The Vikings wrapped up their offseason program on Thursday as coach Mike Zimmer called off the final day of the team’s minicamp and sent his players on their way. It had appeared to be a loose and relaxed group on the field Wednesday at TCO Performance Center as Zimmer’s retooled defense worked against new coordinator Klint Kubiak’s offense.
What will be interesting to see is if the mood remains the same when the Vikings return to Eagan to begin training camp on July 28. Why would it change? Two reasons.
- The Vikings appear to have much better overall personnel, especially on defense, than they did during a disappointing 7-9 season in 2020.
- Zimmer, and general manager Rick Spielman are under contract through 2023, meaning ownership might be willing to fire one or both after this season, if the Vikings don’t meet expectations.
Those expectations are likely going to be set very high this season. Zimmer has led the Vikings to the playoffs three times since taking over as coach in 2014, including in 2015, 2017 and 2019. There’s no reason that trend shouldn’t continue in 2021 and that means even on the opening day of training camp there is going to be pressure from both inside and outside the Vikings to not only make the postseason but make a run.
Will Zimmer and quarterback Kirk Cousins embrace the pressure, or begin to melt under the heat of it? Both men have been put in a position to succeed and many of the familiar excuses have been eliminated.
Considered one of the best defensive minds in the NFL for much of his coaching career, Zimmer oversaw a unit that finished in the bottom half of the league last season in total defense, scoring defense and sacks. Injuries and poor offseason roster decisions contributed to the problem. The solution was to bring in as much help as possible.
The Vikings signed 11 free agents on the defensive side of the ball, including potential starters Dalvin Tomlinson (tackle), Patrick Peterson and Bashaud Breeland (cornerbacks) and Xavier Woods (safety). That’s not including nickel corner Mackensie Alexander, who returned to Minnesota after a one-year stay in Cincinnati, and tackle Sheldon Richardson, who is expected to be used in pass-rushing situations.
Nose tackle Michael Pierce, who signed as a free agent in March 2020 but opted out because of COVID concerns, also will start, and Pro Bowl defensive end Danielle Hunter and linebacker Anthony Barr will return after either missing the entire season or much of it because of injury.
Even a curmudgeon like Zimmer had to be smiling as he put together his post-free agency depth chart. But Cousins should have been equally as happy, and not just because of the fact he’s in line to make a base salary of $21 million this season. Cousins also is a beneficiary when it comes to the pressure that exists for this organization to win now.
Cousins was sacked 39 times last season, sixth-most in the NFL, causing Spielman to use a first-round pick on left tackle Christian Darrisaw (after Minnesota lost Riley Reiff) and a third-round selection on guard Wyatt Davis. While neither Darrisaw or Davis worked with the first-team offensive line in minicamp, it’s likely the Vikings’ opening day line will feature Darrisaw, Ezra Cleveland at left guard, Garrett Bradbury at center, Davis at right guard and Brian O’Neill at right tackle.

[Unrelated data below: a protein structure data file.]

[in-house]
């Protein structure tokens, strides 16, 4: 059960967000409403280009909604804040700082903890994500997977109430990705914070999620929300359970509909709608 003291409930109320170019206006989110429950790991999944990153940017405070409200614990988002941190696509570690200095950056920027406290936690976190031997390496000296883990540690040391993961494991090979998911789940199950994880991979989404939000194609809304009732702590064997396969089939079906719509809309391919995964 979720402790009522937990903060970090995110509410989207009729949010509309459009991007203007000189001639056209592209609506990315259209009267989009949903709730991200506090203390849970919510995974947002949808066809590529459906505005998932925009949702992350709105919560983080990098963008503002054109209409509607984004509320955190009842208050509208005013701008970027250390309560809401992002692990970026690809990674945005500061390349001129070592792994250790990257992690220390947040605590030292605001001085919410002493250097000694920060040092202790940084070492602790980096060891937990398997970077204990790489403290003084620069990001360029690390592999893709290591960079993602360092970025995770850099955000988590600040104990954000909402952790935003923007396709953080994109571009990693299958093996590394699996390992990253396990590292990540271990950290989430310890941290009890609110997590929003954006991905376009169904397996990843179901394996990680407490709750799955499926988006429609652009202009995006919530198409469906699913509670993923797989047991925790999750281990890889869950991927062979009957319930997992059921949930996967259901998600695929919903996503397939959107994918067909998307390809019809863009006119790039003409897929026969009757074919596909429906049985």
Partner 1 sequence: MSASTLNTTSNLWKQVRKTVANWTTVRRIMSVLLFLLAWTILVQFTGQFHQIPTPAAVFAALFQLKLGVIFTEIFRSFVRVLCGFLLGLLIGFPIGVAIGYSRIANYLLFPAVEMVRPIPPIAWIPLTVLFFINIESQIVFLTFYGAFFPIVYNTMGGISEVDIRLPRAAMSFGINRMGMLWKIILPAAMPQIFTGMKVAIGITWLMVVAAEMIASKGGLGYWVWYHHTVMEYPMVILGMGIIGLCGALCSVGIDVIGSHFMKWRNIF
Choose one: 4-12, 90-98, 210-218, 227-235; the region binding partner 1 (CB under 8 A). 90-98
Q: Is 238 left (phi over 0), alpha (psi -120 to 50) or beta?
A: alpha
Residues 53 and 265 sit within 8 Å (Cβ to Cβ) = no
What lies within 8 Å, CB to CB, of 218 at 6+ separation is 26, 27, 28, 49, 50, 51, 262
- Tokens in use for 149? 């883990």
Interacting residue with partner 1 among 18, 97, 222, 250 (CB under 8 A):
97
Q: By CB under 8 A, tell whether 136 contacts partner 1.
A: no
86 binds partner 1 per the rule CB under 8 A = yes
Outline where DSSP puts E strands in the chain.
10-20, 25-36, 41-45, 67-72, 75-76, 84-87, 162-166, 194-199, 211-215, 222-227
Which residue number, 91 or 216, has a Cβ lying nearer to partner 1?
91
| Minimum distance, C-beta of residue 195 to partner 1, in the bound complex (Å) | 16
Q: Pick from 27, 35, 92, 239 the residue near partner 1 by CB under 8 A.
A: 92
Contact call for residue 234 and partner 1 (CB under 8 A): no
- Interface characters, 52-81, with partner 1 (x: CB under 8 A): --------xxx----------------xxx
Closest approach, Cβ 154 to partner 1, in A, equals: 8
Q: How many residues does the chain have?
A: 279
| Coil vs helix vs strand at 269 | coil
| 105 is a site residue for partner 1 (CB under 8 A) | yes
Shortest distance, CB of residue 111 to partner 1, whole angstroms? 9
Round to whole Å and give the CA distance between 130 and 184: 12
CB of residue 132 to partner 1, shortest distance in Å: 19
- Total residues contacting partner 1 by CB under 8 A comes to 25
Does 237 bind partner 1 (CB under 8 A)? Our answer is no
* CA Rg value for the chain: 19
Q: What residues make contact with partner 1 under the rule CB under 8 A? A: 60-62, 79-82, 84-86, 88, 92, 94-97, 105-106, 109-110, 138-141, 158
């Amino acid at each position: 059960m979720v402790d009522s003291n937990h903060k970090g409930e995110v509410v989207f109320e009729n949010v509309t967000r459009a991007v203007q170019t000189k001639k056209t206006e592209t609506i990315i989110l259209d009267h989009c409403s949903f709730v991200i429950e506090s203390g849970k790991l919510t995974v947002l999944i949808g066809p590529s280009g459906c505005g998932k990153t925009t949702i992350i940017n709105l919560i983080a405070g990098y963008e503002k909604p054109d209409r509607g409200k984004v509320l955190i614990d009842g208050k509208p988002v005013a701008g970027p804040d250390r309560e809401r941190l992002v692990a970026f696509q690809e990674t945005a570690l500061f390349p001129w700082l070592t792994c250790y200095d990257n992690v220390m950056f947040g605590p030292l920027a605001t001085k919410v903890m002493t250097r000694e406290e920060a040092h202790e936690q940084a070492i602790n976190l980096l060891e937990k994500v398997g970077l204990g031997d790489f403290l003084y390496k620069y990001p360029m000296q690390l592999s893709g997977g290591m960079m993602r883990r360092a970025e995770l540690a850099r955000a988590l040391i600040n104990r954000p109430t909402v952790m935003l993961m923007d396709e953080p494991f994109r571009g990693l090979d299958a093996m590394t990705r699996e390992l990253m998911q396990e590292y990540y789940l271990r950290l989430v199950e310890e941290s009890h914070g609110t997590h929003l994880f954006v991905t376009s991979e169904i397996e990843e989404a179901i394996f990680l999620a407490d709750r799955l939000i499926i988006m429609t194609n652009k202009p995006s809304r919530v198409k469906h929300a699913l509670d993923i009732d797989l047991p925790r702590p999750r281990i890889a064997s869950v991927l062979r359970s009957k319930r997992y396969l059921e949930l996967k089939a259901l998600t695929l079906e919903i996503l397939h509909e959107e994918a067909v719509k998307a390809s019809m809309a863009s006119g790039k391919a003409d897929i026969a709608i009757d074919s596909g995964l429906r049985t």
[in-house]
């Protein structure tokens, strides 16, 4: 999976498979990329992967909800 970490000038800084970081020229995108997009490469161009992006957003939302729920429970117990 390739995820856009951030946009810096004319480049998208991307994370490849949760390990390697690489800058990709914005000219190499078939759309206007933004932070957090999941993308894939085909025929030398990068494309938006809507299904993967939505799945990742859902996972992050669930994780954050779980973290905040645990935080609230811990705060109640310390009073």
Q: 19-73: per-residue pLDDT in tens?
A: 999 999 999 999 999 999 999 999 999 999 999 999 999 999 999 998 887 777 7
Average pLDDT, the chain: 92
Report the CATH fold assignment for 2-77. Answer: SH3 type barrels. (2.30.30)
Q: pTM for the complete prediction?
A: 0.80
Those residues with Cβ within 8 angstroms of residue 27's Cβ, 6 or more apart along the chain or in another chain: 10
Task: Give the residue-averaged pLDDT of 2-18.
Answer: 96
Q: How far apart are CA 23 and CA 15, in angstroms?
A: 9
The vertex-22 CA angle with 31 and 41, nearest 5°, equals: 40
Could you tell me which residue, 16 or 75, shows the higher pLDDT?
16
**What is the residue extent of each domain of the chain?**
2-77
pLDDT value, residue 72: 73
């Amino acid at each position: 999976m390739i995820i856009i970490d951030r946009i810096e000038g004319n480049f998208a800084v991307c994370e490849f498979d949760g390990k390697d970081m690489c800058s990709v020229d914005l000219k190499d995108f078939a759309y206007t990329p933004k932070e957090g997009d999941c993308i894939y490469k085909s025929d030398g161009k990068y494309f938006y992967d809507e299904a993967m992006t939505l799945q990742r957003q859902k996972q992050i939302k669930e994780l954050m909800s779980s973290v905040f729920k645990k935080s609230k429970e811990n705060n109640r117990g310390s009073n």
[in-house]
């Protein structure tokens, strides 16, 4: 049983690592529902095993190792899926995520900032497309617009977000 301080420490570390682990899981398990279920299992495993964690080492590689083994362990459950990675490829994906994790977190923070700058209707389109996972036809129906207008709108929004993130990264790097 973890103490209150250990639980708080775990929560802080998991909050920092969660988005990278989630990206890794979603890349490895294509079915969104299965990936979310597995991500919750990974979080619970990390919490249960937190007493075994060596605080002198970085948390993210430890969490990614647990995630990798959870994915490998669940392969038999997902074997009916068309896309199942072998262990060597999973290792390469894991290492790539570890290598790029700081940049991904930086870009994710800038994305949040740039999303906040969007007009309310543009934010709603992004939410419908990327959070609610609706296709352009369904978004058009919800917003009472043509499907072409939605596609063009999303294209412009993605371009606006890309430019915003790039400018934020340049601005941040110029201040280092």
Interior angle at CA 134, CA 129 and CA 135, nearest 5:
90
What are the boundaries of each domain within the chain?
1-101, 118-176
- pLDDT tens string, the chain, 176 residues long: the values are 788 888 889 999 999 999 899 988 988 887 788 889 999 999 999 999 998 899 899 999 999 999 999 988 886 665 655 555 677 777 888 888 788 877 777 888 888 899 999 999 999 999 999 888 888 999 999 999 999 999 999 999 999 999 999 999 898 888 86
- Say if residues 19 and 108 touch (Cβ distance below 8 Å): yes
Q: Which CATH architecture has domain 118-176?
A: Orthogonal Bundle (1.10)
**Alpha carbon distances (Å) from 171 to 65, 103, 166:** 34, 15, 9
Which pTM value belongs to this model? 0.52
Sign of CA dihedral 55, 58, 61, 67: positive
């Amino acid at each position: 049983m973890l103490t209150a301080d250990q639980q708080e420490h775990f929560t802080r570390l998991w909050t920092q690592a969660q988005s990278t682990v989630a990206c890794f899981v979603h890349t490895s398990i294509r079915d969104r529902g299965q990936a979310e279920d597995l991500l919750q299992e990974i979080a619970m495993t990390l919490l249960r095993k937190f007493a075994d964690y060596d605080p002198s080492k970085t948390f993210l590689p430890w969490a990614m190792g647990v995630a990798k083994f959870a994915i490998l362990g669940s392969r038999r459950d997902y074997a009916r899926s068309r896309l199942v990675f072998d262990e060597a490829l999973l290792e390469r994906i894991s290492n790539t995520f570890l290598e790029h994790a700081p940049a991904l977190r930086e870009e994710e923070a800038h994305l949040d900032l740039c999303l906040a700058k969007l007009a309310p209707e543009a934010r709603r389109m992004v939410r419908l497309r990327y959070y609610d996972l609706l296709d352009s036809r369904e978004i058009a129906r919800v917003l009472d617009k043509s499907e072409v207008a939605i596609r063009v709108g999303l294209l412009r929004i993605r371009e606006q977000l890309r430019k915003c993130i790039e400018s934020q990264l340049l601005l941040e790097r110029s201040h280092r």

All five are Vikings draft picks with two being first-rounders and none being taken later than the third round. The protection might not be perfect, but it should be a significant upgrade from a year ago, when the Vikings had the overmatched Dakota Dozier at left guard. Interior protection is absolutely key for Cousins’ success and the biggest question mark might be Bradbury, who has yet to come close to meeting expectations since being a first-round selection in 2019.
Cousins, who has no problem producing an impressive box score, will have plenty of options in the passing game, assuming new coordinator Klint Kubiak calls the right plays and Zimmer doesn’t attempt to ground his offense at every opportunity.
Justin Jefferson and Adam Thielen will continue to provide big-time threats at wide receiver, and Irv Smith Jr., and Tyler Conklin will be frequent options in the passing game. This doesn’t include the fact that running back Dalvin Cook is a receiving threat out of the backfield.
The expectations won’t only be high because of the players on the Vikings’ roster. There also is a good possibility that future Hall of Fame quarterback Aaron Rodgers won’t play for the Packers again and, if that’s the case, Jordan Love is going to be put into a role for which he likely isn’t ready. Think Zimmer wouldn’t enjoy game planning for those two matchups?
Green Bay has won 13 games in back-to-back years, but without Rodgers this could be a long season for the Packers. The Bears, meanwhile, likely will begin the season with Andy Dalton at quarterback, and Dan Campbell figures to be a far better quote than he is a coach with the Detroit Lions.
This means the Vikings figure to open the season as favorites to win their first NFC North title since 2017. Two years ago, Zimmer and Cousins went 10-6 and won a wild card playoff game in New Orleans before being overpowered by San Francisco.
Would a repeat of that be enough to assure Zimmer and Cousins are back in 2022? Considering what both have been given to work with this time, that’s probably not a given.